Edwards's equivocation provided a sufficient factual basis for the prosecutor's questions, as inconsistency goes to the weight of the testimony rather than its sufficiency as evidence. See Jamison v. Barnes, 8 So.3d 238, 245 (¶ 17) (Miss.Ct.App.2008).

¶ 22. That is not to say that we condone the line of questioning. There is some merit to Archer's claim that the prosecutor essentially offered unsworn testimony through his assertions on cross-examination. That was improper. See Foster v. State, 639 So.2d 1263, 1289 (Miss.1994). But Archer did not object at trial, and the failure to offer a contemporaneous objection waives this issue for appeal. See Caston v. State, 823 So.2d 473, 503 (¶ 102) (Miss.2002). “An appellate court is under no obligation to review an assignment of error when an objection was not made or when an objection was untimely.” Id.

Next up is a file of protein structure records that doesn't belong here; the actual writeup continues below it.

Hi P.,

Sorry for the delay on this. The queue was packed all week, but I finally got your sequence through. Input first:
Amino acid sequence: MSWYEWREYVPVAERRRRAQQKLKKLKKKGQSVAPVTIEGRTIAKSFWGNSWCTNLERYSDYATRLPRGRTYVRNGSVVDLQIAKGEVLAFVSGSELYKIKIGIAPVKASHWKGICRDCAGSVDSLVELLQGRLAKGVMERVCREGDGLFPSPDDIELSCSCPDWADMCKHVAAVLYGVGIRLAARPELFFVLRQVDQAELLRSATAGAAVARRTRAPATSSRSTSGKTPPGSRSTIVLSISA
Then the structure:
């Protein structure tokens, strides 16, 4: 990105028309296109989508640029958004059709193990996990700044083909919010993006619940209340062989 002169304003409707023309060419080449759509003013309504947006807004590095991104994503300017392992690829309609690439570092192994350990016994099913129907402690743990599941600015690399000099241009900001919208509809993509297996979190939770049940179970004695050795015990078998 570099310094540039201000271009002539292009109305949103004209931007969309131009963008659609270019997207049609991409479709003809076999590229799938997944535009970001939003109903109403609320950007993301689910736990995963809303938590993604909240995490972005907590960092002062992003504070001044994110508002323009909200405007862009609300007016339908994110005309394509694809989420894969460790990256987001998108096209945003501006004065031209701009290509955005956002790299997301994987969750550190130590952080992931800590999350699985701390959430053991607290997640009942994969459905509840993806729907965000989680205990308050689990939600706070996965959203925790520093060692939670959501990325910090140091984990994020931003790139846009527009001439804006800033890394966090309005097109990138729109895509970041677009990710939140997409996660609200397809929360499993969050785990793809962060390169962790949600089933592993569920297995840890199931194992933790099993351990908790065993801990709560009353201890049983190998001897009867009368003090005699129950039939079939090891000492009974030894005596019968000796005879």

¶ 23. Archer argues that we should consider this argument under plain error, which “is properly utilized for correcting obvious instances of injustice or misapplied law.” Smith v. State, 986 So.2d 290, 294 (¶ 10) (Miss.2008) (quotations omitted). However, the jury was properly instructed to base its verdict only on the evidence before it. Considering that, defense counsel's opportunity to object, the relatively benign subject matter of the prosecutor's statements, and Edwards's subsequent equivocation, we find that the prosecutor's questioning was not unfairly prejudicial and does not warrant review as plain error.

¶ 24. We find no reversible error in the cross-examination of Edwards.

B. Little Ricky Archer